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Fuel Smuggling Triggered by Huge Profits
Economy, Domestic Economy

Fuel Smuggling Triggered by Huge Profits

A significant difference between fuel prices in Iran and those in its neighboring countries have turned fuel smuggling into a lucrative business. Even the government’s anti-smuggling regulations, such as heavy fines, have done little to curb the illegal fuel trade. Experts believe energy subsidies provided by the government have caused the price gap.
Domestic fuel prices are influenced by the global crude oil prices, refining and distribution costs, domestic demand, availability of resources and fuel taxes levied by the government.
Fuel prices are highest in developed countries, meaning that these governments make the most profit from taxes on diesel and gasoline. The opposite is true in Iran and other oil-rich countries such as Saudi Arabia and Venezuela. These countries not only earn zero revenues from domestic fuel sale, they also spend huge amounts on fuel subsidies.
According to the National Development Fund, countries spend approximately $5.3 trillion on energy subsidies, equal to 6.5% of the total global gross domestic product (GDP). The figure topped the total global spending on healthcare in 2013 (6% GDP).
In addition to posing a heavy financial burden on the government, energy subsidies in Iran cause many other problems, including air pollution as a result of people using public transport less.
Based on the Subsidy Reform Plan, approved by the parliament in January 2010, the Iranian government was supposed to utilize financial resources obtained from the removal of energy subsidies toward improving social security and welfare as well as economic development.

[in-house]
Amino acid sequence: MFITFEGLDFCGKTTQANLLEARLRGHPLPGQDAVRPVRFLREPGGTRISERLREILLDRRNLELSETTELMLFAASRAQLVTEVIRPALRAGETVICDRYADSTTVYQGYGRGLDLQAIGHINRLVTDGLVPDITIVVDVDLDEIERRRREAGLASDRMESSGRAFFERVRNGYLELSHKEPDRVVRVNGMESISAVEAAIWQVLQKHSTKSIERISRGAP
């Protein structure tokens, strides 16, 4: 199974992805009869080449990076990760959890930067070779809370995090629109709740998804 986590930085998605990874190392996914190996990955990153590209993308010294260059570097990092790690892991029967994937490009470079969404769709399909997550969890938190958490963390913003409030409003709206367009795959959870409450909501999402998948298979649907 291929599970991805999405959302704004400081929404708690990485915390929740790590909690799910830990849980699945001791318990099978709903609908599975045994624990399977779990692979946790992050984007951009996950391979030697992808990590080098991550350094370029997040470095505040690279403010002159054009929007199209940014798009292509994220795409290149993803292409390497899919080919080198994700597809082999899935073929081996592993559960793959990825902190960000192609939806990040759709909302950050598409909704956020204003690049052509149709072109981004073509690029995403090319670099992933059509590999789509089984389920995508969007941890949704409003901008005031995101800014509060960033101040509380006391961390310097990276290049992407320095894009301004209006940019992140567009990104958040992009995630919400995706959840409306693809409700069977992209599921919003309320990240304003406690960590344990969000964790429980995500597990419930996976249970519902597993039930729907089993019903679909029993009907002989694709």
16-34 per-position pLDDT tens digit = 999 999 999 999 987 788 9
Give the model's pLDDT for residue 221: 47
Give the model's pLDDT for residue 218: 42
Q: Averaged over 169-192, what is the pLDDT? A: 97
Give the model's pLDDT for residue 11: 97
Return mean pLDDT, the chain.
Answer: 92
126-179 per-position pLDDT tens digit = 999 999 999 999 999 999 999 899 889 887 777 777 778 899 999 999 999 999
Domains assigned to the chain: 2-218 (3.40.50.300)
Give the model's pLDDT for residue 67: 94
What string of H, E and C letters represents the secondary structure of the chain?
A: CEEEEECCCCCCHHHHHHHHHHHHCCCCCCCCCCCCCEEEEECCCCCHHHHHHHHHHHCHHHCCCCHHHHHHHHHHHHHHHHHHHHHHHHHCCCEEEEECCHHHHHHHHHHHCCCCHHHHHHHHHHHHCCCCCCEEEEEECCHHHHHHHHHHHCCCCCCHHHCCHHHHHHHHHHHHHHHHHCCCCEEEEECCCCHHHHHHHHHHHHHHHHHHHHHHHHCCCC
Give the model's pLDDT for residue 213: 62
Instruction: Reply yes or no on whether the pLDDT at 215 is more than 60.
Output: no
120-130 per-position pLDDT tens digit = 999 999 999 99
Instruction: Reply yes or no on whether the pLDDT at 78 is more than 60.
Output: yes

However, the government has been distributing the annual $17 billion savings on energy subsidies among households in the form of monthly cash payments, causing a hike in liquidity and leading to higher inflation, according to IRNA.
Experts also believe that low efficiency in fuel consumption and distribution caused by lack of adherence to standards, along with the decline in the value of Iran’s national currency against other currencies — owing to the western sanctions against Iran’s economy over its nuclear energy program— has further widened the fuel price gap between Iran and the neighboring countries.
A closer look at fuel prices in Iran and the neighboring countries clearly explains the high rate of fuel smuggling to these countries.
Recently, the Iranian government revoked monthly quotas of cheaper fuel and is now selling it for a single price of 10,000 rials (0.3 at market exchange rate), while diesel prices stand at 6,000 rials ($0.18) per liter.
This is while in Iraq, every liter of gasoline costs $0.63, while diesel is priced at $0.62 per liter. This means a profit of $0.33 and $0.44 respectively in gasoline and diesel smuggling from Iran to Iraq.
Fuel prices are even higher in Iran’s other western neighbor, Turkey, where every liter of gasoline and diesel are sold at $1.81 and $1.54 respectively. This means the smugglers can gain a profit of about $1.51 and $1.36 per liter from gasoline and diesel smuggled into the country.
Therefore, even though the Iranian government imposes a fine equivalent to three times the value of smuggled fuel, illegal traders are still willing to take the risk in view of the huge profits.

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